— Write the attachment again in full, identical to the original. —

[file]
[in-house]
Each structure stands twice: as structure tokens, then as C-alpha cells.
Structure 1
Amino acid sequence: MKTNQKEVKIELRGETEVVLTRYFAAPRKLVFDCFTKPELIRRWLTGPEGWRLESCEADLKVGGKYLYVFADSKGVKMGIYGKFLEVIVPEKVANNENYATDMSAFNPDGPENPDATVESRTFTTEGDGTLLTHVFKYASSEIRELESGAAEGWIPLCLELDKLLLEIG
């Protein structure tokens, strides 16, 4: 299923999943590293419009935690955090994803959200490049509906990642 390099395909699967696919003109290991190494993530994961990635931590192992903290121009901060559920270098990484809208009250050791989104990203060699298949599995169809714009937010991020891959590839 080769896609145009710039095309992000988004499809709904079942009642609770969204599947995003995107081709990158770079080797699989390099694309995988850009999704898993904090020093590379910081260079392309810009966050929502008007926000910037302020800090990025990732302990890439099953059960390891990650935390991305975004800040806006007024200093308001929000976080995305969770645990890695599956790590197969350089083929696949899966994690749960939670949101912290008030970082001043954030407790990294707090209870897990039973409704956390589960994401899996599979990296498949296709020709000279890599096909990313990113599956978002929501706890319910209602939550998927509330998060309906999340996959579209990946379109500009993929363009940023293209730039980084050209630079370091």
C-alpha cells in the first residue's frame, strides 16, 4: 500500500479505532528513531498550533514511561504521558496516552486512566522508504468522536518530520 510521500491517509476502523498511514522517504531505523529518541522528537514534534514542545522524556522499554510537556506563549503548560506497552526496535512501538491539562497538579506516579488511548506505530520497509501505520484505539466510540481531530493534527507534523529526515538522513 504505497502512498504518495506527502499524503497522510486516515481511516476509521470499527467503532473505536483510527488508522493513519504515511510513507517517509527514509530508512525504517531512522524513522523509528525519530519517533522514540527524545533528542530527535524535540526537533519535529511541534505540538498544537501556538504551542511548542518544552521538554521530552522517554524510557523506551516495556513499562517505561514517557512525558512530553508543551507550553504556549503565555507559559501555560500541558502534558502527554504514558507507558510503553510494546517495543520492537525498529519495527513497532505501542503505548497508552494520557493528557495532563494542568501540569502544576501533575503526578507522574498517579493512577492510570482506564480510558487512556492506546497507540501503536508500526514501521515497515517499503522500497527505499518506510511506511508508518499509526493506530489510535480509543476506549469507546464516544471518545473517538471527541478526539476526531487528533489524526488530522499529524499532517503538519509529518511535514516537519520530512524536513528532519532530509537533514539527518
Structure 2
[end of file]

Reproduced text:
[in-house]
Each structure stands twice: as structure tokens, then as C-alpha cells.
Structure 1
Amino acid sequence: MKTNQKEVKIELRGETEVVLTRYFAAPRKLVFDCFTKPELIRRWLTGPEGWRLESCEADLKVGGKYLYVFADSKGVKMGIYGKFLEVIVPEKVANNENYATDMSAFNPDGPENPDATVESRTFTTEGDGTLLTHVFKYASSEIRELESGAAEGWIPLCLELDKLLLEIG
């Protein structure tokens, strides 16, 4: 299923999943590293419009935690955090994803959200490049509906990642 390099395909699967696919003109290991190494993530994961990635931590192992903290121009901060559920270098990484809208009250050791989104990203060699298949599995169809714009937010991020891959590839 080769896609145009710039095309992000988004499809709904079942009642609770969204599947995003995107081709990158770079080797699989390099694309995988850009999704898993904090020093590379910081260079392309810009966050929502008007926000910037302020800090990025990732302990890439099953059960390891990650935390991305975004800040806006007024200093308001929000976080995305969770645990890695599956790590197969350089083929696949899966994690749960939670949101912290008030970082001043954030407790990294707090209870897990039973409704956390589960994401899996599979990296498949296709020709000279890599096909990313990113599956978002929501706890319910209602939550998927509330998060309906999340996959579209990946379109500009993929363009940023293209730039980084050209630079370091």
C-alpha cells in the first residue's frame, strides 16, 4: 500500500479505532528513531498550533514511561504521558496516552486512566522508504468522536518530520 510521500491517509476502523498511514522517504531505523529518541522528537514534534514542545522524556522499554510537556506563549503548560506497552526496535512501538491539562497538579506516579488511548506505530520497509501505520484505539466510540481531530493534527507534523529526515538522513 504505497502512498504518495506527502499524503497522510486516515481511516476509521470499527467503532473505536483510527488508522493513519504515511510513507517517509527514509530508512525504517531512522524513522523509528525519530519517533522514540527524545533528542530527535524535540526537533519535529511541534505540538498544537501556538504551542511548542518544552521538554521530552522517554524510557523506551516495556513499562517505561514517557512525558512530553508543551507550553504556549503565555507559559501555560500541558502534558502527554504514558507507558510503553510494546517495543520492537525498529519495527513497532505501542503505548497508552494520557493528557495532563494542568501540569502544576501533575503526578507522574498517579493512577492510570482506564480510558487512556492506546497507540501503536508500526514501521515497515517499503522500497527505499518506510511506511508508518499509526493506530489510535480509543476506549469507546464516544471518545473517538471527541478526539476526531487528533489524526488530522499529524499532517503538519509529518511535514516537519520530512524536513528532519532530509537533514539527518
Structure 2